Pass-Through Deduction Benefits Wealthiest, Loses Needed Revenue, and Encourages Tax Avoidance
A centerpiece of the 2017 tax law is a new, 20 percent deduction for certain “pass-through” income, or income from businesses such as partnerships, S corporations, and sole proprietorships that business owners claim on their individual tax returns. Before the 2017 law, this type of income was generally taxed at the same individual tax rates as the business owner’s labor income. The new deduction effectively reduces the marginal individual income tax rate on this income by one-fifth, to well below the rate on labor income, such as that from wages and salaries.
The pass-through deduction is a prime example of the 2017 tax law’s three fundamental flaws: it is heavily tilted toward the wealthy, loses significant revenue at a time when we need to be raising revenue, and makes it easier for wealthy people to game the tax system. It also promotes “workplace fissuring,” which could threaten wages and workplace standards. For these reasons, former head of the Joint Committee on Taxation (JCT) Ed Kleinbard recently called it “Congress’ worst tax idea ever.”
Heavily Tilted Toward Wealthy
The pass-through deduction effectively cuts the marginal individual income tax rate on pass-through income by 20 percent. While the 2017 law’s proponents have said the deduction is designed to help “small business,” it is heavily tilted to the wealthy and big business: 61 percent of its benefits will go to the top 1 percent of households in 2024, JCT estimates (see chart). A mere 4 percent will go to the entire bottom 67 percent.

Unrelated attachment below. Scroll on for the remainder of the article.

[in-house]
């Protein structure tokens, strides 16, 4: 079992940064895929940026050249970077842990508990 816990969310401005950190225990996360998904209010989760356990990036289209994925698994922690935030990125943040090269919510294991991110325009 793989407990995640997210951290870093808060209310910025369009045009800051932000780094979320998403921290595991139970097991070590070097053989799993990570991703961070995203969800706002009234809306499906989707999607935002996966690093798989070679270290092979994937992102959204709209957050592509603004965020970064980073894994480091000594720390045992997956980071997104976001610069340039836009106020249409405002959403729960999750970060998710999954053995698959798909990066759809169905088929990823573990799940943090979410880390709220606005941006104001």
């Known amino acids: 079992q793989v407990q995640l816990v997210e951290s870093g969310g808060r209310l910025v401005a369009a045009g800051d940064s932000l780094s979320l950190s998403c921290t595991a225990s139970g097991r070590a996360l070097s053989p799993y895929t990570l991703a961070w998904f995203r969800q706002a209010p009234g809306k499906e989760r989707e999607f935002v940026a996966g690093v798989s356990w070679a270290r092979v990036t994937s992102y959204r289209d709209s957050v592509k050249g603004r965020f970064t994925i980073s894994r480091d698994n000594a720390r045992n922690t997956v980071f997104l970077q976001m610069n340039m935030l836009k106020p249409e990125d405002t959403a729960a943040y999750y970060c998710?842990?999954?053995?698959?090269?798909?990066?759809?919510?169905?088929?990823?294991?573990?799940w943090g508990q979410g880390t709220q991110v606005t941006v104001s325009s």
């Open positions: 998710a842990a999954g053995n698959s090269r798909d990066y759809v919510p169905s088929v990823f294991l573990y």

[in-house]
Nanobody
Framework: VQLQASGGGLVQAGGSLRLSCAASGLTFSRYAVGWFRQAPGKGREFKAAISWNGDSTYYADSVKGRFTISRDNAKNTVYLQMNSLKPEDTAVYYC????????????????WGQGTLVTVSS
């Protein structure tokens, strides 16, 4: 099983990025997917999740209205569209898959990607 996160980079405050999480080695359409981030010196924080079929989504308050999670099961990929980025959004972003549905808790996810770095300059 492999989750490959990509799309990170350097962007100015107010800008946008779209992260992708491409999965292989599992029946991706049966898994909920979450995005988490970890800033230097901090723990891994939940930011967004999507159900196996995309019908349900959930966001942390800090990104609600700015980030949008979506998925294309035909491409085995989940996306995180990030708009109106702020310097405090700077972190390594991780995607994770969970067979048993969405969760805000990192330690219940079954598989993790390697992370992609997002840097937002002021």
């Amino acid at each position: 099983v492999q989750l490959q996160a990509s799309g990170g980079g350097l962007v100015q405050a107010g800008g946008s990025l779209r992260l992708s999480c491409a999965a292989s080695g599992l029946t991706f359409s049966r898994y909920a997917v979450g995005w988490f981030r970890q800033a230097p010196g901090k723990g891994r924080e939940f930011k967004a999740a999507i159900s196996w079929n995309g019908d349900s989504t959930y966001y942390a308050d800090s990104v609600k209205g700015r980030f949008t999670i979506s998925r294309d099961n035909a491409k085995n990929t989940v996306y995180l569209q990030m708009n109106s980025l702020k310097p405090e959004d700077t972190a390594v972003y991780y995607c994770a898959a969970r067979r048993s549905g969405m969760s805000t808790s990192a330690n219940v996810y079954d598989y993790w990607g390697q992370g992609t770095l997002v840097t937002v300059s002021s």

This regressive impact is baked into the deduction’s basic structure, for three reasons:
- Most pass-through income flows to the very highest-income people, and from very large businesses. The top 1 percent alone receive more than half. And while only 0.4 percent of S corporations had receipts over $50 million in 2012, these (hardly small) businesses earned 40 percent of all S corporation income.
- Pass-through income makes up a much larger share of income for high-income households than for the middle class. The top 1 percent of households get more than a fifth of their income from pass-throughs, compared to less than 6 percent for households in the middle 60 percent.
- Each dollar of pass-through income that’s deducted is worth more as a tax break for high-income people, since they face the highest regular individual tax rates. For example, each dollar deducted would save up to 37 cents of tax for a multi-millionaire, since she is in the 37 percent bracket, but only up to 22 cents for a small business owner in the 22 percent bracket (those with taxable incomes between $77,400 and $165,000 for a married couple).
Loses Much-Needed Revenue
The 2017 tax law will cost $1.9 trillion from 2018 to 2027, according to the Congressional Budget Office (CBO). This estimate accounts for the additional economic growth that CBO estimates the law could generate, as well as the interest costs from the new debt that the law will incur. The pass-through deduction is a major contributor to this revenue loss. JCT estimates that the deduction will cost more than $50 billion per year and will make up more than a fifth of the law’s overall cost beginning in 2021. Like other elements of the law, it is set to expire after 2025, but leading Republicans want to make it permanent without offsetting the cost.